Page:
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PJC Argues to Uphold Public Access to Documents and Meetings

On July 24, 2006, the Public Justice Center and the American Civil Liberties Union of Maryland filed an amicus brief in City of Baltimore Development Corporation v. Carmel Realty Associates, in Maryland's Court of Appeals. This case concerns the power of government to evade accountability to the public by outsourcing essential services to quasi-private corporations. 
The City of Baltimore Development Corporation ("BDC") is Baltimore's economic development arm and manages the City's urban renewal projects.  Carmel Realty Associates own properties in an area of the City designated for such urban renewal, and is fearful of losing their properties through eminent domain.  Carmel Realty Associates attempted to review the documents in BDC's possession concerning the development of their properties under the Maryland's Public Information Act and to attend BDC's meetings regarding that development pursuant to Maryland's Open Meetings Act.  BDC, however, denied access to the documents and meetings, arguing that as a private, nonprofit corporation, it is not obligated to permit public access to any of its documents or meetings.  On appeal, the Court of Special Appeals held that BDC is a "quasi-public corporation carrying on public business," and must comply with the Public Information and Open Meetings laws.  The City appealed to the Court of Appeals,. where our amicus brief urges the Court of Appeals to uphold the lower court's decision and preserve open and accountable government, so critical to a well-functioning democracy.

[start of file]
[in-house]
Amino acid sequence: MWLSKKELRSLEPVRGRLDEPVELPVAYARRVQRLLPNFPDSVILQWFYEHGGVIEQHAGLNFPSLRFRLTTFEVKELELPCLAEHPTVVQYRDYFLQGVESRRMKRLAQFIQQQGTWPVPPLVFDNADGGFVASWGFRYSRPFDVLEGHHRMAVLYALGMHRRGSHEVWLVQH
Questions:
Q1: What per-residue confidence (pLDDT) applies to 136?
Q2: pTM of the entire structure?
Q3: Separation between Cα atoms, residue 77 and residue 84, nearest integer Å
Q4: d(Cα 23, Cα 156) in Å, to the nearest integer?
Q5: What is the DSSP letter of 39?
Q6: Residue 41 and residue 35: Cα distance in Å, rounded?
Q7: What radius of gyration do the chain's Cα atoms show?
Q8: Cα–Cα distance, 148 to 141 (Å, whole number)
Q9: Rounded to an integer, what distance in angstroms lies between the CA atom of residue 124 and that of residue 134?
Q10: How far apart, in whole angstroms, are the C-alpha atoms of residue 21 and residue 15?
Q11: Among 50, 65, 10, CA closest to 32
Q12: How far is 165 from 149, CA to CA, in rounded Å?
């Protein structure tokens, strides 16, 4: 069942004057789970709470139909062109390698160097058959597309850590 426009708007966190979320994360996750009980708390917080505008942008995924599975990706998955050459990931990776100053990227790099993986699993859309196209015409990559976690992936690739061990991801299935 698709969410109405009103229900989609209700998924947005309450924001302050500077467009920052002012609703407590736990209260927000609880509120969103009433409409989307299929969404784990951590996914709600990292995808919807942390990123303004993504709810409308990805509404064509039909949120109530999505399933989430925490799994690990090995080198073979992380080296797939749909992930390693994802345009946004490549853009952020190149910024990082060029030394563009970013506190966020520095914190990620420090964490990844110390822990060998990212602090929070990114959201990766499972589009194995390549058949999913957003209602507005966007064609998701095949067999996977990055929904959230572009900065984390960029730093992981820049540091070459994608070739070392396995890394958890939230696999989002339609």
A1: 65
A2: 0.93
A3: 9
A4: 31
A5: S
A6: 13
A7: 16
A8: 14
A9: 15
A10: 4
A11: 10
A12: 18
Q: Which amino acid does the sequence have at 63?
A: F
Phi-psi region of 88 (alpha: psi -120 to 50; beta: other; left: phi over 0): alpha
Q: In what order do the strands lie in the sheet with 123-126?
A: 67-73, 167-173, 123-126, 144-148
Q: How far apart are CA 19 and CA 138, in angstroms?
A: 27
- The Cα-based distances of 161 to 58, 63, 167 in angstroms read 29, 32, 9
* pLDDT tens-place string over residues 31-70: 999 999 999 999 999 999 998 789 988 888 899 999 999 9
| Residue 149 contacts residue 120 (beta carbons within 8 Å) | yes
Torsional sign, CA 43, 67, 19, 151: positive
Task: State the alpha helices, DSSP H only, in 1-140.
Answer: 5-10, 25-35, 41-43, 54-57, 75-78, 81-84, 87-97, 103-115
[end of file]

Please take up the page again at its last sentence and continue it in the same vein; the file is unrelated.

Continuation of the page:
David Rocah, Deborah Jeon, Jonathan Guy and Kathleen Orrick represented the American Civil Liberties Union of Maryland. Suzanne Sangree, Appellate Director, and Roscoe Jones Jr., Murnaghan Fellow handled the case for PJC.
Click here to read the brief.

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